Vuelta (st. 5) / Poitou (st. 2)
Quintana, Valverde keep attention alongside Movistar Team into echelons en route to Ronda, stay in 2nd & 3rd overall before long slope of Cumbres Verdes. Sanz just short for victory in Poitou-Charentes
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Every single day in the 2014 Vuelta a España hides a dangerous situation to get over and it was the case on stage five, marked by crosswinds in a hectic finale for the 180km from Priego de Córdoba to Ronda. John Degenkolb (GIA) claimed a field sprint under scorching hot conditions after echelons created by Tinkoff-Saxo found the Movistar Team fully focused on protecting their leaders. The push by the Russian team, 40km from the end, left barely fourty riders into the first group, with six of the Blues -Quintana, Valverde, Amador, Castroviejo, Izagirre and Erviti- always in. More riders bridged before the top of the Alto del Satillo (3ª), a more consistent bunch of 70 coming across the line together.
The work by the Blues to keep Quintana and Valverde calm was successful as they stay 2nd and 3rd overall, 13″ and 20″ respectively behind Michael Matthews (OGE). The Aussie will have to fight tomorrow against the climbers in the first real mountain-top finish of this year’s Vuelta, Cumbres Verdes (Cat-1, 5km at 9%, over endless straights), in La Zubia near Granada. 167km form Thursday’s route, starting and Benalmádena and also climb the ‘puertos’ of Zafarraya (Cat-2) and Bemejales (Cat-3).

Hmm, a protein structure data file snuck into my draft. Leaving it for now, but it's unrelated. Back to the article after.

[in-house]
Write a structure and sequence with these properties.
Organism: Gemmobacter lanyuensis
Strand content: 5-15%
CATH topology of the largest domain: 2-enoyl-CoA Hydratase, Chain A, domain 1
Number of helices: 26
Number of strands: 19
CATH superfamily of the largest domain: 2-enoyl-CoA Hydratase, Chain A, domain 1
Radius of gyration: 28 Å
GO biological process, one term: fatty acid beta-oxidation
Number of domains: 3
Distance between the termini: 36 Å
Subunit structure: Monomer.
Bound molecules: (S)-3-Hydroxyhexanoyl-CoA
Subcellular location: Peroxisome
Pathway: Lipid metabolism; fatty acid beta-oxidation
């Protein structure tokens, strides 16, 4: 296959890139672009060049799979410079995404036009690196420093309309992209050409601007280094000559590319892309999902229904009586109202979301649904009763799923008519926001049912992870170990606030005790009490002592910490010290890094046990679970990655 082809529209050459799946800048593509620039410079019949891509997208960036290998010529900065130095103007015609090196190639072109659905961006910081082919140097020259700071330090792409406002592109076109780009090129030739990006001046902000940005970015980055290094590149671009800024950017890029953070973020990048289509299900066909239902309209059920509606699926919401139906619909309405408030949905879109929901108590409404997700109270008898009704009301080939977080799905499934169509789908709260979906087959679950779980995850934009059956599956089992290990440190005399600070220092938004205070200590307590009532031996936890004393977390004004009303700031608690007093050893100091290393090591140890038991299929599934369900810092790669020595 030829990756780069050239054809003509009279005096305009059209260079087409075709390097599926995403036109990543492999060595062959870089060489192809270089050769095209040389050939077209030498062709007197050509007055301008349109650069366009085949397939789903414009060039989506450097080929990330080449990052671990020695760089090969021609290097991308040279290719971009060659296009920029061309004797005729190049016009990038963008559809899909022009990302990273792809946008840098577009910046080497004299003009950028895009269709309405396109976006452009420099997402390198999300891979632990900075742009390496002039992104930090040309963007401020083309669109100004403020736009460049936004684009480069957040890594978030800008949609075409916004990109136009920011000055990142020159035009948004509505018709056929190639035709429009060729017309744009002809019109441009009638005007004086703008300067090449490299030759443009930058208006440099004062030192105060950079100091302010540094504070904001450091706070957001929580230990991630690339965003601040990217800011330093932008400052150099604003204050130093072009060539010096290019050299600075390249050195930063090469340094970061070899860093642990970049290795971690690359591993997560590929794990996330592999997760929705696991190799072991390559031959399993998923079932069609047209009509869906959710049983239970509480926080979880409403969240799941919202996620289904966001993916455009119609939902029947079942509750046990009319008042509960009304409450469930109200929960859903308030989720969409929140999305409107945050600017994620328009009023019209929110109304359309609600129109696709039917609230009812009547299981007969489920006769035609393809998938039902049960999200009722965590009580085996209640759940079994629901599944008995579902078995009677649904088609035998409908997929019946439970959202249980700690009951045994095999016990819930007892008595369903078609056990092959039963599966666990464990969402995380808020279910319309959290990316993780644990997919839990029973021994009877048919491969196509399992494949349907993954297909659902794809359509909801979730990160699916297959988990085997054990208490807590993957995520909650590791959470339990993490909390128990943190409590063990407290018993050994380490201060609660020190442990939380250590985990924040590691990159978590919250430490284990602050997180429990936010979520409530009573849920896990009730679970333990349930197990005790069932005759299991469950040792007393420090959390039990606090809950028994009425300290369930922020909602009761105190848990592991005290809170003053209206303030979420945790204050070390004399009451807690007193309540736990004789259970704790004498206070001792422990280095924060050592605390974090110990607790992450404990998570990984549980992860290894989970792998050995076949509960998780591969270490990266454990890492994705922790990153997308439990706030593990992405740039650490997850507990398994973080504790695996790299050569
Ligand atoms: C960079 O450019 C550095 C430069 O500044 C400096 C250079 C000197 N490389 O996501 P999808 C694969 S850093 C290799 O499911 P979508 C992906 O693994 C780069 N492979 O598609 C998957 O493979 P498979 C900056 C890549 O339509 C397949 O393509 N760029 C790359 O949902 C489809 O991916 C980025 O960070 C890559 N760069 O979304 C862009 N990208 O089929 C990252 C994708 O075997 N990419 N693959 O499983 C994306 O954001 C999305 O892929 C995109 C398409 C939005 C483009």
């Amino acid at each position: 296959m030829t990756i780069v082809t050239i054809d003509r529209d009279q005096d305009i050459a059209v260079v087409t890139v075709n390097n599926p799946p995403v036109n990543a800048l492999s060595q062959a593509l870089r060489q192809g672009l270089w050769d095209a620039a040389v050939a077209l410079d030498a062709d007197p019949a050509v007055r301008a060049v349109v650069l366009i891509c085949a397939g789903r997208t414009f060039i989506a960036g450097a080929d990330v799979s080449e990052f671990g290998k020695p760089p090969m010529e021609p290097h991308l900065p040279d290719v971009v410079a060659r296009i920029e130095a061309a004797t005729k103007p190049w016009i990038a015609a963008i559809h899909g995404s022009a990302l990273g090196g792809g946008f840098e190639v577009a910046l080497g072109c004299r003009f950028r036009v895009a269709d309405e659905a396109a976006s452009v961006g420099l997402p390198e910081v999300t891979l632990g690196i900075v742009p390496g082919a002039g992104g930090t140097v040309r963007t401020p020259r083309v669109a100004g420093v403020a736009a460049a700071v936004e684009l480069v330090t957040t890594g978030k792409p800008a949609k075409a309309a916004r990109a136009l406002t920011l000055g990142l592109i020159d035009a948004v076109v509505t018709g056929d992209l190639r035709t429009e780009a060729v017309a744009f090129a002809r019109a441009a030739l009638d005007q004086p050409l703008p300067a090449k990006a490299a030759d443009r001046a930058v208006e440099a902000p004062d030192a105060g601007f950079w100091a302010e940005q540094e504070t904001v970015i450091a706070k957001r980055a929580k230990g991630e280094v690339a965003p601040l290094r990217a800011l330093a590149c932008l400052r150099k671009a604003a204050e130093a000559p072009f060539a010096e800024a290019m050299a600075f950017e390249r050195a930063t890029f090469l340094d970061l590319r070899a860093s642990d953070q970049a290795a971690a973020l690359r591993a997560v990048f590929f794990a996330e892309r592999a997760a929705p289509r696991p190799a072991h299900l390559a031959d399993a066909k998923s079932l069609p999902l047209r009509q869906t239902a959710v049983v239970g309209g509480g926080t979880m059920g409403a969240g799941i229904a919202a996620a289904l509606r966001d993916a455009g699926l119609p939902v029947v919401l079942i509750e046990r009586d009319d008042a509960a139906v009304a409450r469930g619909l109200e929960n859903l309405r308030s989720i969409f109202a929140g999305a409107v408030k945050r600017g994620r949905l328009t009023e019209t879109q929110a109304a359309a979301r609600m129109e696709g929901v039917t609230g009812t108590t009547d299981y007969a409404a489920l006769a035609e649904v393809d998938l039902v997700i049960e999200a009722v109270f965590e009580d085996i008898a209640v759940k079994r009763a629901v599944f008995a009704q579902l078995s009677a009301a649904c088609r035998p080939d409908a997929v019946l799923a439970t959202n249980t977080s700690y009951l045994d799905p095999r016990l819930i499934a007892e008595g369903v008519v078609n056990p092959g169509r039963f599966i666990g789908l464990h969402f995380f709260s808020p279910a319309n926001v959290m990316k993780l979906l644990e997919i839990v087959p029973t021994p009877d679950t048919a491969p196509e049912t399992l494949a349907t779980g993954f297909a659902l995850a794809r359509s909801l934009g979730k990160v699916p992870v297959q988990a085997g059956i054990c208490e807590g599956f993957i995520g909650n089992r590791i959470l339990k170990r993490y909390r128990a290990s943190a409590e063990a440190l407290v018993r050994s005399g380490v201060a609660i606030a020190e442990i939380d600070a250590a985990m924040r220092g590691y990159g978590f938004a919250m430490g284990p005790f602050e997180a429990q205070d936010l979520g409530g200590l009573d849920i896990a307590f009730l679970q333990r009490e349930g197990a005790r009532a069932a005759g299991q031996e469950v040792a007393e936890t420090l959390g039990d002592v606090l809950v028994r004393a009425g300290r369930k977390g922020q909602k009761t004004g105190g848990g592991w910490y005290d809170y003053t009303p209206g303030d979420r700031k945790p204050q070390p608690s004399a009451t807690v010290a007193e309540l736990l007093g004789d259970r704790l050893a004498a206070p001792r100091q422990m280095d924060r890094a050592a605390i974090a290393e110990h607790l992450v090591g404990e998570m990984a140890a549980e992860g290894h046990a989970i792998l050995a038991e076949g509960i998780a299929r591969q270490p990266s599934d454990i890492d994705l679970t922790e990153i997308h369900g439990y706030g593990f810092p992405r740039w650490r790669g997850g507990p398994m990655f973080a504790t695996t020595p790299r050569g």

Alejandro Valverde: “We were paying attention at the front when we were leaving the town in case there were any splits, and they accelerated. It didn’t really surprise us: Tinkoff is a squad that always profits from chances like that, and that was the case. We also took some turns at the front and could happily complete the stage into the main group. All favourites are working hard not to lose any time, not only the two or three names you might think of. Tomorrow’s stage is the first mountain-top finish; not a long climb, but it is a demanding one. I haven’t raced on it as a pro, but I did climb it as an amateur in the Vuelta a Granada. We will try to keep attacking and make the fans enjoy, always as long as the team’s interest is not compromised. There will sometimes be a reward, sometimes not, but we must keep people paying attention to us in the remainder of the race.”
Nairo Quintana: “All my team-mates worked really well today, not only putting us at the front all stage and especially when there was more stress, but also bringing us all drinks we needed, which is really important in such stages. First mountain-top finish coming tomorrow – it’s my terrain. I’m getting into the racing pace slowly but steadily, though I think it might be a bit too soon for me to give it a crack. Let’s hope the temperature decreases a little tomorrow so we can feel better; it doesn’t really do well for any of us in the bunch, the body feels different, a bit down.”
Sanz 2nd behind unbeatable Cavendish
More focused in the last few years on working for his team-mates rather than exploiting his sprinting abilities, Enrique Sanz was very close to profiting from the chance given as top fastman of the Movistar Team on stage two of the Tour du Poitou-Charentes on Wednesday, 184km between Marans and Niort. The Spaniard came 2nd across the line behind Mark Cavendish (OPQ) and is now into the provisional GC podium, 14″ behind the Briton, before a decisive double sector on Thursday -a 111km flat road race in the morning, followed by a 24km individual time trial in the evening-. Dowsett, Herrada, Sütterlin, Lastras and Dayer Quintana are all 20″ adrift in the overall standings.